sinesum function a la PureData

Jan 9, 2010 at 6:00pm

sinesum function a la PureData


is there any way to add sinewaves together and write them into an array (buffer) in msp, like in puredata? (explanation here —

i was surprised i couldn’t find anything similar in max/msp! i’m using v.4..

any help would be greatly appreciated
thank you

Jan 9, 2010 at 11:02pm

My “Sine Wave Explorer” project I did awhile back does just this, plus some other goodies. Look for it a ways down on this page:

Max 5 only though, sorry…

No doubt there are many many ways to do add sines, but uzi–> peek~ certainly works if you’re making the sines with math expressions, and seems very fast. But if you want to just grab what’s coming out of some cycle~ objects (like if you’ve got some cool modulations going on), look to poke~, count~, etc. to sample and write-to-buffer~.

You’ll need to experiment with the timing of when you start and stop your sampling, and choose the exact buffer~ size beforehand. sampstoms~ will help here, since you specify the buffer~ size in msec and you’ll want exact control over the number of samples.

Jan 10, 2010 at 12:46am

Sorry, again Max 5, but here’s a patch that is equivalent to the sumsine message.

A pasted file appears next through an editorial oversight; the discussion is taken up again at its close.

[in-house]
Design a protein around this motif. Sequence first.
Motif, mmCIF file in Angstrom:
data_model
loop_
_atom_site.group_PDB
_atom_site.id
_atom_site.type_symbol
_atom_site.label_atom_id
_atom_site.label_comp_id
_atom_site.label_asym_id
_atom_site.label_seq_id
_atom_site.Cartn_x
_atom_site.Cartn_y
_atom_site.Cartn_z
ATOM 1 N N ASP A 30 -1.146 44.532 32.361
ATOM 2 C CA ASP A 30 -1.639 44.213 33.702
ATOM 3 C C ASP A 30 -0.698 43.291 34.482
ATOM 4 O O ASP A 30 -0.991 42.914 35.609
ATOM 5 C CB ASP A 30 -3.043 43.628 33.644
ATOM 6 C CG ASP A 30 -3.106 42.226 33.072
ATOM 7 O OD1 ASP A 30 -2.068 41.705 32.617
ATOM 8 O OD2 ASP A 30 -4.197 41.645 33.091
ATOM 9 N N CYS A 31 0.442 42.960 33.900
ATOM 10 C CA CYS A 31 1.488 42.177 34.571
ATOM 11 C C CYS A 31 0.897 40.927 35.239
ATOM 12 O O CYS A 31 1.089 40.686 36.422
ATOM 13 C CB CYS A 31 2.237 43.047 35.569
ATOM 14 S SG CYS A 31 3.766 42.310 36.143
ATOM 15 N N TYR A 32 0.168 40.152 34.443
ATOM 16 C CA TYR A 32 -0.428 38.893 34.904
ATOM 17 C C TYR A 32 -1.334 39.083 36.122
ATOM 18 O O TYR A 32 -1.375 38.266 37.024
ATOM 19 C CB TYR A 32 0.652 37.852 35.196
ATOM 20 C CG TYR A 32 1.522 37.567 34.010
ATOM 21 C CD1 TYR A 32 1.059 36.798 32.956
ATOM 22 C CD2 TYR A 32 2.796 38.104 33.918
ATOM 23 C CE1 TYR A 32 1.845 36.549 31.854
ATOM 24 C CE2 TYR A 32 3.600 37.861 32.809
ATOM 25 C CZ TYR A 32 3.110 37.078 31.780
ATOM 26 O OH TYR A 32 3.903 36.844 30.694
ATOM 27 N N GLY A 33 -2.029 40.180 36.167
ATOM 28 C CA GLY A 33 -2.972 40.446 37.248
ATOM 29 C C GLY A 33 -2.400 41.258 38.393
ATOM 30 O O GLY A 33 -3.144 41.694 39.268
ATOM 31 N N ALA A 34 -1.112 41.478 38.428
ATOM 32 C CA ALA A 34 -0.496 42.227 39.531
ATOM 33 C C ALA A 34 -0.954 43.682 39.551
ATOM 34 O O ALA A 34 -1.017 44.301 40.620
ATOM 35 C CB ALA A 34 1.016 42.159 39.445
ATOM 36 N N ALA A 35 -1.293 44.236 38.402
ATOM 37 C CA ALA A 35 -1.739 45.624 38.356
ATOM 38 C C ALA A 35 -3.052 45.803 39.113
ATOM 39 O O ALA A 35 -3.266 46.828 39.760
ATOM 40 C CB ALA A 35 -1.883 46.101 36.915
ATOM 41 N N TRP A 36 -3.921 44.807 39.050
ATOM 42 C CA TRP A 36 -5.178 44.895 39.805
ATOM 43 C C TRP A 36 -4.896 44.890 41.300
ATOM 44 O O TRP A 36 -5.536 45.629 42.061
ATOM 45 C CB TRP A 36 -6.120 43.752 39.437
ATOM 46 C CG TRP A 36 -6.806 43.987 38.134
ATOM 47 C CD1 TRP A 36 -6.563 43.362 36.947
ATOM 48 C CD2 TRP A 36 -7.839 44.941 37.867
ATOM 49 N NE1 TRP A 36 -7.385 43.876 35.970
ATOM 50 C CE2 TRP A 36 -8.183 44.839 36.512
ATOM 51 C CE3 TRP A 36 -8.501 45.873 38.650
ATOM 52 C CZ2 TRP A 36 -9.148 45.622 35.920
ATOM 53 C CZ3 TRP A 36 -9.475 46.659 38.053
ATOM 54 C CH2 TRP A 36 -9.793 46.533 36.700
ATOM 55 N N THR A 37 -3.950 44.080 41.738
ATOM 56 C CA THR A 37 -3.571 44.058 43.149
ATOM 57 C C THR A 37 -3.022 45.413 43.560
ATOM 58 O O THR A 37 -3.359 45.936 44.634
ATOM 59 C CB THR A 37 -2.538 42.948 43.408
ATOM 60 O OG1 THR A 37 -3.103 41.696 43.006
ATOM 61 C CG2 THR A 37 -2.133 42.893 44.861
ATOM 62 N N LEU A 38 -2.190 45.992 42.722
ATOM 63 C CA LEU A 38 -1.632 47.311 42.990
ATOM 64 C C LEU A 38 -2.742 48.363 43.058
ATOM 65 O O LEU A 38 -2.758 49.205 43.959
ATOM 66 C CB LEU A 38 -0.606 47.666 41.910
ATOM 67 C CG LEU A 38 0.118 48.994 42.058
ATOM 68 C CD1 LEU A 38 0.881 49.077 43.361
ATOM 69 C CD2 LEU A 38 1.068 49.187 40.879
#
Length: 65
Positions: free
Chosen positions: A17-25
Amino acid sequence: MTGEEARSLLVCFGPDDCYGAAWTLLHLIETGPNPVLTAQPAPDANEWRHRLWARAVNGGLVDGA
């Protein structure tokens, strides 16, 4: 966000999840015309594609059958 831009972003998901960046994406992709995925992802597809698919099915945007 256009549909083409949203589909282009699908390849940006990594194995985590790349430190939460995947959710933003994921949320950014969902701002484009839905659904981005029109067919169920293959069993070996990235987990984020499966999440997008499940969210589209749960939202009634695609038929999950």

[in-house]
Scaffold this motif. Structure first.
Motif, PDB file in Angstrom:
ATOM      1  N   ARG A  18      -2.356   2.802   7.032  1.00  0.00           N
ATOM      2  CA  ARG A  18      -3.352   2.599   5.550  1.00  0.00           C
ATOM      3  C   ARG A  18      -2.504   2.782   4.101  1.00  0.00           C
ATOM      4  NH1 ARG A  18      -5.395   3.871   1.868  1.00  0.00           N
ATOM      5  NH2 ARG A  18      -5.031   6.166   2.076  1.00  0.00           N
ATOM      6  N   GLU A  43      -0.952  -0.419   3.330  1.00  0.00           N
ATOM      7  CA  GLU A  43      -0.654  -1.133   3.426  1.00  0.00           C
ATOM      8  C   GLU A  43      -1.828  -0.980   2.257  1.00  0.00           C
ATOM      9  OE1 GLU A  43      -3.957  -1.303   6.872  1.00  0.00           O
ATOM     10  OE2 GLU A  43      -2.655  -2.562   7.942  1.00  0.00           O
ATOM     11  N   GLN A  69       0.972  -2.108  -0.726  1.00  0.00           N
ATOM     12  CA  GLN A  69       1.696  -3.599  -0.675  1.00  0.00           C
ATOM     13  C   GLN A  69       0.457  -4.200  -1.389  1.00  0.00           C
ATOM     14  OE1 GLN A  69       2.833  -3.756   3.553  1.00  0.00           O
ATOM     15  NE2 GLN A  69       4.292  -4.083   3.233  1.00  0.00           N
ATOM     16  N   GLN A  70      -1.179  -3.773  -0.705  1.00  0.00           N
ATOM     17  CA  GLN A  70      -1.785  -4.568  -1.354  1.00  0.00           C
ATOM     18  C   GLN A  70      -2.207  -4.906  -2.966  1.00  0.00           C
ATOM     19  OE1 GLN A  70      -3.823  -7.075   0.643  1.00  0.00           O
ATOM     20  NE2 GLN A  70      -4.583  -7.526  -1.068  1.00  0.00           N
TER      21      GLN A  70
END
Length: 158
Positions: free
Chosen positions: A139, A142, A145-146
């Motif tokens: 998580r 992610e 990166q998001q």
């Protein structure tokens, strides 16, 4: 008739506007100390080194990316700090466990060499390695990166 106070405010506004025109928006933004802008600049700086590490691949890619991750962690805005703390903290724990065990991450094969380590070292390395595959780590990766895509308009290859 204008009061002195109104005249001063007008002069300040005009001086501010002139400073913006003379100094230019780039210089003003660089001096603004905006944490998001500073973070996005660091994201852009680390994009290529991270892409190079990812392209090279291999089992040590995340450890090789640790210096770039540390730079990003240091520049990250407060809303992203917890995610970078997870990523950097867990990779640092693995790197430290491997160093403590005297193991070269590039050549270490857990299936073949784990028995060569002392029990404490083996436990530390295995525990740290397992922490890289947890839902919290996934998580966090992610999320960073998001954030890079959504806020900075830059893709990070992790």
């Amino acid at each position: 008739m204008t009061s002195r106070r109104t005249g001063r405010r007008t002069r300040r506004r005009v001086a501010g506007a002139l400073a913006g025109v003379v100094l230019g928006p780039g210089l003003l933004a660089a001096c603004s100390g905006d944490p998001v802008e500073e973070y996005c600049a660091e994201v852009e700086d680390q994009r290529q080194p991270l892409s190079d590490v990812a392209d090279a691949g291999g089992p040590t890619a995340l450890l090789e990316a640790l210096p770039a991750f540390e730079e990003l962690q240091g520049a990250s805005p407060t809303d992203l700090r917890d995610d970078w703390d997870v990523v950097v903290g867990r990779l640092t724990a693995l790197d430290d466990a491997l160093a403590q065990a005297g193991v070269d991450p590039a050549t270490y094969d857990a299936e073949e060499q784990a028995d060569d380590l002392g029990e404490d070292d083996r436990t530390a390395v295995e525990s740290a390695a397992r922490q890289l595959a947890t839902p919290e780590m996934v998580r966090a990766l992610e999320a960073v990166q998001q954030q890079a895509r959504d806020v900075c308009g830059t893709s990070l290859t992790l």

– Pasted Max Patch, click to expand. –
Jun 27, 2011 at 5:13am

Hey Chris,

Thanks for your sinesum patcher. I've been playing around with it and comparing the output to the sinesum message in Pd. I was never great at math–I'm a drummer, you know–so I'm not completely clear on the formula. However, sometimes, when I put the exact same values into your patcher and into Pd, I get different results, and at other times, they are identical. I'm attaching a couple of screen grabs that illustrate what I mean. The Example1 one is with the numbers you use in your example above (512 0.25 0 0.25 0). Example2 is with (512 1 1 1 1 1 1 1)–it has been normalized in both versions of Example2. As you see, the second examples look identical, but the first examples look quite different. Quite honestly, I have no idea which one is correct. Can you help me understand a bit better how this works? Thanks so much.


[attachment=165186,2394] [attachment=165186,2395]

  1. Example2.png
Jun 27, 2011 at 9:17am

Nevermind, I found the problem. The [bondo] object was carrying over previous values from each pass. That’s why the (512 1 1 1 1 1 1 1) worked, because all the values were the same. I took bondo out and it works perfectly! Again, thanks for your work on that, it was really educational for me.


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